Tue Jul 15, 2014 10:24 am
BTW, I spent sick time and looked through every thread here that had to do with A's. enjoyed it, and learned a lot!
Tue Jul 15, 2014 10:33 am
I took the valve cover off yesterday, and since I do not have a hand crank, turned the engine over by strong-arming the crankshaft pulley. NOT easy! BUT! She turned, and all the valves moved. So, the ENGINE IS NOT FROZEN. I also removed the carburetor for cleaning and a rebuild. I will remove the oil pan soon.
I wouldn't remove the pan yet. Drain the oil (look for anything unusual--water, bits and pieces of metal, etc) and refill, see if the magneto is making spark, and when the carb is rebuilt, try to start it. That will tell you a lot about the true condition of the engine.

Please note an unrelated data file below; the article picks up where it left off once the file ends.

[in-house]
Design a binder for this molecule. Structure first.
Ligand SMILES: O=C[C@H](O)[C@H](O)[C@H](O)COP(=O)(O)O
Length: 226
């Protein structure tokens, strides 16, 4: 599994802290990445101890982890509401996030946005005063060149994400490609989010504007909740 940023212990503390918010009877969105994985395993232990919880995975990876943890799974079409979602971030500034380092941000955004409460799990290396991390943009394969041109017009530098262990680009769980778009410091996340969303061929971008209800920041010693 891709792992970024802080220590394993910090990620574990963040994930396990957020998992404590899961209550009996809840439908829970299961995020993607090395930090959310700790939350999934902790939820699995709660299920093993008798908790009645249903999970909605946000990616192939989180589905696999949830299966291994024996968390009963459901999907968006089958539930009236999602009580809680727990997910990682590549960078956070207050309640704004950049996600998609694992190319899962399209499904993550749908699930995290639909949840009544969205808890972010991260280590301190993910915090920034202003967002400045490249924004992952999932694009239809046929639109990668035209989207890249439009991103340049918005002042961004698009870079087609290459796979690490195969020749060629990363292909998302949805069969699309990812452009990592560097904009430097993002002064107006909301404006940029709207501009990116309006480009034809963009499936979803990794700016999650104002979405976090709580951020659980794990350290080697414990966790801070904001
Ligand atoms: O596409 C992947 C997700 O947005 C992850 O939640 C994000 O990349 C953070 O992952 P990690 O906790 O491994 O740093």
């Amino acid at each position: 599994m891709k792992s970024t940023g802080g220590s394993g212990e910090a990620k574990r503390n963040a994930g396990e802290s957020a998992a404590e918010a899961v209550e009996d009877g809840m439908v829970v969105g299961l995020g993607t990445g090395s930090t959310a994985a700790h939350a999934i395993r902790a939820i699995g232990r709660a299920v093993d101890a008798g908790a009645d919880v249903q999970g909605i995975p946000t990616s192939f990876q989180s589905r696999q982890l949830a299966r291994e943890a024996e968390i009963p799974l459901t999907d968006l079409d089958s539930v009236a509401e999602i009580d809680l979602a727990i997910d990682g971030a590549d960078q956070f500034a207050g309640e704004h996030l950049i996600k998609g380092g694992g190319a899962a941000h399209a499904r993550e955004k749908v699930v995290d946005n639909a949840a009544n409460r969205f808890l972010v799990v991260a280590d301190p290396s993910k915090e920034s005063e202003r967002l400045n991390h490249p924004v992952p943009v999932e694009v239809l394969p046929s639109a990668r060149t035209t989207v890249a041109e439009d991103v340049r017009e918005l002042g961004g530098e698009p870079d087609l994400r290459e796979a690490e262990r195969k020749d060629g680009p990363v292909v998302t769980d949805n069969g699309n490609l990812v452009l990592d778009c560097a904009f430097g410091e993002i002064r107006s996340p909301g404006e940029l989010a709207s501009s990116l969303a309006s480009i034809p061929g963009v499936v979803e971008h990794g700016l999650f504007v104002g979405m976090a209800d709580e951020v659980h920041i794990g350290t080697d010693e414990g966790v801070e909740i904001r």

Tue Jul 15, 2014 10:51 am
I agree with Al, I wouldn't pull the pan yet either.
Also, if you haven't already, clear all the clutter out from around the tractor to give yourself some working room.
Get yourself a "pony tank" and get it running. Without a radiator, you will only be able to run the engine for a very short time, unless you adapt the water connections so that you can use a garden hose to force water through the engine to keep it cool.
So slow and take your time.
Tue Jul 15, 2014 11:14 am
Capnball wrote:I also removed the carburetor for cleaning and a rebuild.
Go ahead and clean it thoroughly, but I recommend not buying a rebuild kit or any parts until you know you need them, except perhaps the bowl and carb to manifold gaskets.
Tue Jul 15, 2014 12:17 pm
+1 with Ray and Al.
The main thing you want to accomplish at this point is to find out if you have a "runner." Odds are if it isn't seized, it will run. These old machines will amaze you.